Demand forecasting: – Largest retailers still struggle with inventory positioning across distribution centres, different store types, and market fulfilment centres; in fact, outside of network modifications, accurate demand forecasting and distributed-inventory placement may have the most impact.
Picking costs: – While there are exceptions, the cost of in-store picking is typically 1.8 to 2.4 times greater on a cost-per-pick basis than picking in distribution and fulfilment centres for the vast majority of merchants.
Execution quality: – Stores weren’t built with fulfilment in mind, and they aren’t always manned or equipped with the equipment needed to do it on a large scale. Managing exceptions, ensuring precise picks, and carefully controlling cycle times to customers, all of which are vital to a successful customer-delivery experience is difficult for most retailers, especially during peak periods.
How operations can support a customer value proposition beyond speed
Creating a quicker fulfilment network is rightfully at the top of most retail supply-chain leaders’ minds. According to Consumer, logistics is one of the top nine drivers increasing customer value in omnichannel shopping. However, it’s vital to note that improving a retailer’s fulfilment network is just one of several capabilities needed to compete in omnichannel retail. Indeed, removing friction from the portions of the fulfilment process that matter most to customers is the North Star of a solid omnichannel strategy.
Scheduled Delivery and Consistency
Some categories are more suited for scheduled delivery than others. Customers, for example, may choose to get bulky things such as furniture, appliances, huge electronics, and certain home improvement products at a certain time rather than as soon as possible. These characteristics may also apply to high-value products and fresh supermarket items that aren’t necessarily bulky. To get this correctly, retailers need clear communication, predictability, and short delivery windows.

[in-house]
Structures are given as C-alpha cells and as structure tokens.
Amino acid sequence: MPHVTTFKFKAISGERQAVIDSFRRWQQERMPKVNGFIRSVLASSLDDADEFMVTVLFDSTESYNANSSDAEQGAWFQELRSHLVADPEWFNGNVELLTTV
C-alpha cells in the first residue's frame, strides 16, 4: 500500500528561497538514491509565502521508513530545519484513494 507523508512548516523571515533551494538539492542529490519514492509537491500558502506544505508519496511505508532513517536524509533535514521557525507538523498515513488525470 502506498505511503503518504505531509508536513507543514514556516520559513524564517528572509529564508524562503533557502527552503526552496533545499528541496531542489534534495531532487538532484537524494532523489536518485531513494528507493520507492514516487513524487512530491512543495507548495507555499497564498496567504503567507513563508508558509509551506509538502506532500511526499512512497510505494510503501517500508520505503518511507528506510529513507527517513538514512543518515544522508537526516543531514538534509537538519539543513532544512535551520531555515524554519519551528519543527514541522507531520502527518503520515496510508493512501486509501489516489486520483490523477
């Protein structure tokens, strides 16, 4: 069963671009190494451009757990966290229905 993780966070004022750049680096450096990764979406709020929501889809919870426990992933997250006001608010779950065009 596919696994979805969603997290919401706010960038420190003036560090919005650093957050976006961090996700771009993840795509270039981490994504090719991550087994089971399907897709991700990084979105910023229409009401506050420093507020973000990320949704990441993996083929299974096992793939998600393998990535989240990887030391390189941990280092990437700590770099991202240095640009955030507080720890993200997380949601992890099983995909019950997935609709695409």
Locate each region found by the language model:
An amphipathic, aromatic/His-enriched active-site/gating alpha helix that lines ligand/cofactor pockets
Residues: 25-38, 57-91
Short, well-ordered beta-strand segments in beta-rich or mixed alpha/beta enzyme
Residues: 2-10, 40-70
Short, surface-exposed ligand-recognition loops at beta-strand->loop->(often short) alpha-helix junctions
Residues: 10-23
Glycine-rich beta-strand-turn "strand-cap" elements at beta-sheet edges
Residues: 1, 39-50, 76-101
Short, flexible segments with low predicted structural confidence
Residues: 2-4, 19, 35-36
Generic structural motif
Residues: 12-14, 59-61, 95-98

Retailers may also consider devoting themselves to ensuring that deliveries are made within the agreed time frame, regardless of delivery speed. While some retailers are beginning to test and correlate the impact of a delivery-consistency promise on conversion and the impact of a missed delivery window on net promoter scores and repeat purchases, some retailers are beginning to test and correlate the impact of a delivery-consistency promise on conversion and the impact of a missed delivery window on net promoter scores and repeat purchases.
Lockers and Pickup and Drop-Off Points
Lockers and pickup and drop-off locations have a low penetration rate of less than 5%, but thanks to merchants like Amazon and Walmart, as well as package carriers like FedEx and UPS, momentum is building. This is a convenience that will most likely be centred in the food and grocery industries, as well as in urban locations where individuals lack a convenient or secure location to drop a package. Lockers also lower redelivery rates, which frees up capacity in parcel delivery networks that are already overburdened.
While these skills are not yet widely used in the United States, retailers can benefit from more developed markets such as Europe, where they are used by a range of no grocers. For example, a farm supply store uses lockers to ensure that crucial parts are available outside of the store 24 hours a day, seven days a week.